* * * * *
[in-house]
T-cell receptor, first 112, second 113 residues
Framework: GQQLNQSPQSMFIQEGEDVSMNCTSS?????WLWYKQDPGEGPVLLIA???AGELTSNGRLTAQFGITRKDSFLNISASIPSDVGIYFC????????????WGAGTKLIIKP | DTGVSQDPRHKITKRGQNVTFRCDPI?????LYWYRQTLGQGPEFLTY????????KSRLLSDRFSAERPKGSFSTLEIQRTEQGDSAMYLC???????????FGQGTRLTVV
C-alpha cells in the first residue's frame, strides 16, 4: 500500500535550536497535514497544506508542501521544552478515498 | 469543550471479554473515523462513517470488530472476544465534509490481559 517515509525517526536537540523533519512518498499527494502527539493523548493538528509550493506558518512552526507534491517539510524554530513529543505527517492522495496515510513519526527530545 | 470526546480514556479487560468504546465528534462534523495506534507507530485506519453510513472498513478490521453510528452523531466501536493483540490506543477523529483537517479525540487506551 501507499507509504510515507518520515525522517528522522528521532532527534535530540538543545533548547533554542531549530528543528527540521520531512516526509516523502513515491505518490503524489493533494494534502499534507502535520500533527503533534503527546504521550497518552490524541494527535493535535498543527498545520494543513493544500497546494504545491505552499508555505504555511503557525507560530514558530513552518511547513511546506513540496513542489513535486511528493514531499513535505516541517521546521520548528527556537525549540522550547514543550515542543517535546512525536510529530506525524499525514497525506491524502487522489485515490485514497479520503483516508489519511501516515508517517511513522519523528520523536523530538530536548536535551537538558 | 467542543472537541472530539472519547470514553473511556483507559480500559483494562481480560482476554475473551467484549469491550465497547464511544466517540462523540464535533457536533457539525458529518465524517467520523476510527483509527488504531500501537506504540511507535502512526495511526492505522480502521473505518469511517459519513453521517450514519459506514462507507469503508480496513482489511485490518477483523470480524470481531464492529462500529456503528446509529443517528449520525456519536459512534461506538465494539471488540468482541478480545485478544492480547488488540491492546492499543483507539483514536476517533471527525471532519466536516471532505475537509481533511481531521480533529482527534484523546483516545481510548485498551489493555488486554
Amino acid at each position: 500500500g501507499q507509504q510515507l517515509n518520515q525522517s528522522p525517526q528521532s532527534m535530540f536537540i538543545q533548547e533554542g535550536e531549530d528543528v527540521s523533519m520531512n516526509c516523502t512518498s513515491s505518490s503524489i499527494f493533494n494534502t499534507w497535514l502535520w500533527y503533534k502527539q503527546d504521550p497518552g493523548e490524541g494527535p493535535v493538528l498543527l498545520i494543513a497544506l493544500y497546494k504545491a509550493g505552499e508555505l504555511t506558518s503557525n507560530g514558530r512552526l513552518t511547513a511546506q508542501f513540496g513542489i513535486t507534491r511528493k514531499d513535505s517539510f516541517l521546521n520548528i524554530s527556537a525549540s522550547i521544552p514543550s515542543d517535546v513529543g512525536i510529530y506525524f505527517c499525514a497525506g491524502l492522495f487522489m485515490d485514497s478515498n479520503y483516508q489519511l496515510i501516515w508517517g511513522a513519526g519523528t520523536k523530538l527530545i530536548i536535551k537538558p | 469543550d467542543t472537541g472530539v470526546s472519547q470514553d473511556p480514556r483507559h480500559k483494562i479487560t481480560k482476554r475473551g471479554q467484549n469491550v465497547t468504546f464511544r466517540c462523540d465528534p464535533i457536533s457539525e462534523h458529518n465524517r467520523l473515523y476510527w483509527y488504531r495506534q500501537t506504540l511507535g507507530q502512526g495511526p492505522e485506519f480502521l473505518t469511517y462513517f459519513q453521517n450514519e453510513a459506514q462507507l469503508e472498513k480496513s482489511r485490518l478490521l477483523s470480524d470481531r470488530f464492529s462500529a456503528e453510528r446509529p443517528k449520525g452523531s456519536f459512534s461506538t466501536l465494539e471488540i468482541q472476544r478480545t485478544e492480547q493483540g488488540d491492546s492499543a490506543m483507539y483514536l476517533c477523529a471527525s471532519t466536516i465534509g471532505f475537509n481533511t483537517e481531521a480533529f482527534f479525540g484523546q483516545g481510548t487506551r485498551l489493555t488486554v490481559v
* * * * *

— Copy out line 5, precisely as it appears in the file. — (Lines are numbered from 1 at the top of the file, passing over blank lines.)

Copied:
Amino acid at each position: 500500500g501507499q507509504q510515507l517515509n518520515q525522517s528522522p525517526q528521532s532527534m535530540f536537540i538543545q533548547e533554542g535550536e531549530d528543528v527540521s523533519m520531512n516526509c516523502t512518498s513515491s505518490s503524489i499527494f493533494n494534502t499534507w497535514l502535520w500533527y503533534k502527539q503527546d504521550p497518552g493523548e490524541g494527535p493535535v493538528l498543527l498545520i494543513a497544506l493544500y497546494k504545491a509550493g505552499e508555505l504555511t506558518s503557525n507560530g514558530r512552526l513552518t511547513a511546506q508542501f513540496g513542489i513535486t507534491r511528493k514531499d513535505s517539510f516541517l521546521n520548528i524554530s527556537a525549540s522550547i521544552p514543550s515542543d517535546v513529543g512525536i510529530y506525524f505527517c499525514a497525506g491524502l492522495f487522489m485515490d485514497s478515498n479520503y483516508q489519511l496515510i501516515w508517517g511513522a513519526g519523528t520523536k523530538l527530545i530536548i536535551k537538558p | 469543550d467542543t472537541g472530539v470526546s472519547q470514553d473511556p480514556r483507559h480500559k483494562i479487560t481480560k482476554r475473551g471479554q467484549n469491550v465497547t468504546f464511544r466517540c462523540d465528534p464535533i457536533s457539525e462534523h458529518n465524517r467520523l473515523y476510527w483509527y488504531r495506534q500501537t506504540l511507535g507507530q502512526g495511526p492505522e485506519f480502521l473505518t469511517y462513517f459519513q453521517n450514519e453510513a459506514q462507507l469503508e472498513k480496513s482489511r485490518l478490521l477483523s470480524d470481531r470488530f464492529s462500529a456503528e453510528r446509529p443517528k449520525g452523531s456519536f459512534s461506538t466501536l465494539e471488540i468482541q472476544r478480545t485478544e492480547q493483540g488488540d491492546s492499543a490506543m483507539y483514536l476517533c477523529a471527525s471532519t466536516i465534509g471532505f475537509n481533511t483537517e481531521a480533529f482527534f479525540g484523546q483516545g481510548t487506551r485498551l489493555t488486554v490481559v